The Phase II trial for a weekly regimen has potential to address stigma and privacy issues.
Last week, leading pharma giants Gilead Sciences and Merck, known as MSD outside the U.S. and Canada, have announced they would be launching a Phase II clinical trial looking to evaluate an investigational, weekly oral combination ‘treatment regimen of islatravir and lenacapavir in people living with HIV who are virologically suppressed on antiretroviral therapy’. “Partnerships and collaborations are critical to continuing the tremendous progress that has been made toward ending the HIV epidemic,” said Jared Baeten, Vice President, HIV Clinical Development, Gilead. The two announced their partnership back in March this year, with which they are looking to build onto their respective legacies ‘transforming HIV care by focusing on long-acting therapies, which may represent a meaningful innovation in HIV drug development.’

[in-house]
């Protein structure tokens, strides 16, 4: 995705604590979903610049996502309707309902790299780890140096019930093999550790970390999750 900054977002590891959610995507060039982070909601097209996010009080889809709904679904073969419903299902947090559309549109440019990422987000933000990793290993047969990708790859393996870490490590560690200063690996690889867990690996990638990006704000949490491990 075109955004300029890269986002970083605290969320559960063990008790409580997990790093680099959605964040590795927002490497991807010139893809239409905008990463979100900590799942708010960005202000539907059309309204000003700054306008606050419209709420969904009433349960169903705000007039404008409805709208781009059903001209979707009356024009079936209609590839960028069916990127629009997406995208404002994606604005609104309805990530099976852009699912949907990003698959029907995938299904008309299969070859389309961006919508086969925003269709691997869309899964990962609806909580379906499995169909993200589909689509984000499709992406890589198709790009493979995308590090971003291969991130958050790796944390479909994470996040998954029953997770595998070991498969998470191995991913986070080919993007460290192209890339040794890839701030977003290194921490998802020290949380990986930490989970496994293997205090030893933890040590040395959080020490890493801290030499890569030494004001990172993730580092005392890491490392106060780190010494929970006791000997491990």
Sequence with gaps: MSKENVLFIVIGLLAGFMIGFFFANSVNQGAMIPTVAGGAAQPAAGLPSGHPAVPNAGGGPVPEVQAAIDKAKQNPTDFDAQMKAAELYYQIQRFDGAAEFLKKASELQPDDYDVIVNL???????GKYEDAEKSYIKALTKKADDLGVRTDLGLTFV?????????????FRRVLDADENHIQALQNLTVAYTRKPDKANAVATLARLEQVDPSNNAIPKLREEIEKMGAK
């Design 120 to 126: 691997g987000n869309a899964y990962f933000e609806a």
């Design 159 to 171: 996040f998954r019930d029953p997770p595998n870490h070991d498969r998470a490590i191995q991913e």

“The initiation of this study is key to further understanding the potential of islatravir and lenacapavir in combination for the treatment of HIV-1, and demonstrates Merck and Gilead’s shared commitment to address the unmet needs of people living with HIV and to contribute to global efforts to end the pandemic,” said Dr. Joan Butterton, vice president, global clinical development, infectious diseases, Merck Research Laboratories. Both drugs have long half-lives and had previously demonstrated activity at low dosages in separate trials. This is believed to support the development of the duo as a combination therapy. Though there are daily, single tablet oral regimens available on the market for people living with the virus, a less frequent oral or injectable regimen option could help address issues related to stigma, adherence, and privacy.